Using Google Admob In Your NativeScript Angular 2 Mobile App

I recently received a request from one of my followers for a tutorial on using Google Admob in a NativeScript Angular 2 application.  Not too long ago I had demonstrated Google Admob in a vanilla NativeScript project, but I hadn’t yet given it a shot with Angular 2.

In case you’re unfamiliar with Admob, it is an excellent way to monetize your mobile applications with advertisements.  You’ll earn revenue not only from people clicking your in-app advertisements, but also from the advertisements appearing on the screen.

We’re going to see how to use Admob in a NativeScript Android and iOS application that was built with Angular 2.

To get the most out of this tutorial, we’re going to start with a clean slate.  Open your Command Prompt (Windows) or Terminal (Mac and Linux) and execute the following commands:

The --ng flag in the above indicates that we are going to be building an Angular 2 project with TypeScript.  You’ll notice that I’m adding both the Android and iOS build platforms.  If you’re not using a Mac, you won’t be able to build for iOS.

This project, like the vanilla project we had made previously, requires the nativescript-admob plugin that was created by Eddy Verbruggen.  This plugin can be installed by executing the following:

Because we are using TypeScript in our project, we need to configure the type definitions that are included with the Admob plugin.  While it isn’t a requirement, it definitely helps us out.  Open the project’s references.d.ts file and add the following:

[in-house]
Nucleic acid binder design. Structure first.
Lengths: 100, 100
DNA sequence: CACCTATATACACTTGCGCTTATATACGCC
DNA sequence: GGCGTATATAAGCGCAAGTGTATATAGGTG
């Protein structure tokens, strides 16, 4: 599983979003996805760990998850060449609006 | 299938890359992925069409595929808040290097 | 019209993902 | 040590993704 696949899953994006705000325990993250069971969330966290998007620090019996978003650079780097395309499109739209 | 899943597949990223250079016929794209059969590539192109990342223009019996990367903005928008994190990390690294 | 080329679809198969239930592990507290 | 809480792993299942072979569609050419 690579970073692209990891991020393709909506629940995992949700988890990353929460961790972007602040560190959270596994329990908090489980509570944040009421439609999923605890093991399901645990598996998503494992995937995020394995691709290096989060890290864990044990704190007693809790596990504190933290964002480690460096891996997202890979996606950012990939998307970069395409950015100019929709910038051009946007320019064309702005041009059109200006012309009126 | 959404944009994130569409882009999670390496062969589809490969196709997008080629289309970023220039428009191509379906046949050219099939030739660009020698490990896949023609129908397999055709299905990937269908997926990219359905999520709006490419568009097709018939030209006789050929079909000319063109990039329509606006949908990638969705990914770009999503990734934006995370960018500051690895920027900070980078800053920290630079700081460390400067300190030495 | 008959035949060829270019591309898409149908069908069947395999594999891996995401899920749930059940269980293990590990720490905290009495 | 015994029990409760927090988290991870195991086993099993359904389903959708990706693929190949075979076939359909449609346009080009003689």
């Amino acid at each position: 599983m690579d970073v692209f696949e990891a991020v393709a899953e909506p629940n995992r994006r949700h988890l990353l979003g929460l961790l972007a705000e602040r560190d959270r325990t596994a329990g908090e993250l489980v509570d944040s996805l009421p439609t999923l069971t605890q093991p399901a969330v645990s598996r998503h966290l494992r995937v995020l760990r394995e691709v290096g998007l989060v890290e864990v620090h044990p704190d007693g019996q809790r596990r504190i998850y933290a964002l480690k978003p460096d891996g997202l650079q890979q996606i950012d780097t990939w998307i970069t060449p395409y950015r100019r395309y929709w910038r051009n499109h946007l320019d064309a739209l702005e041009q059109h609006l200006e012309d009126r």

Now we’ll have features such as IDE autocomplete and a few others in our project.

NativeScript Angular 2 Admob 1 NativeScript Angular 2 Admob 2 NativeScript Angular 2 Admob 3

The goal here is to create what is seen above.  At this point in time, if you haven’t already, you should sign into the Google Admob dashboard and create two applications.  The reason I say two is because you should create an iOS version and an Android version of the same application in the portal.  This allows you to track statistics between the two platforms.  Make sure you’ve created both a banner unit and an interstitial unit for each of the two applications.

Developing the TypeScript Logic for Our Admob Project

Open your project’s app/app.component.ts file and include the following TypeScript code:

Since there is a lot of code in the above block, let’s break it down piece by piece.

In the above we are importing the Angular 2 dependency as well as the Admob dependency that we had installed via our Command Prompt or Terminal.

Inside the AppComponent class we have the following private variables:

These four variables should be set to the advertisement unit ids that you created in your Admob dashboard.  I’ve just included placeholder values to give you an idea of what they look like.  My values won’t work, but yours will.

Now we have three different methods for working with the advertisements, starting with the createBanner method: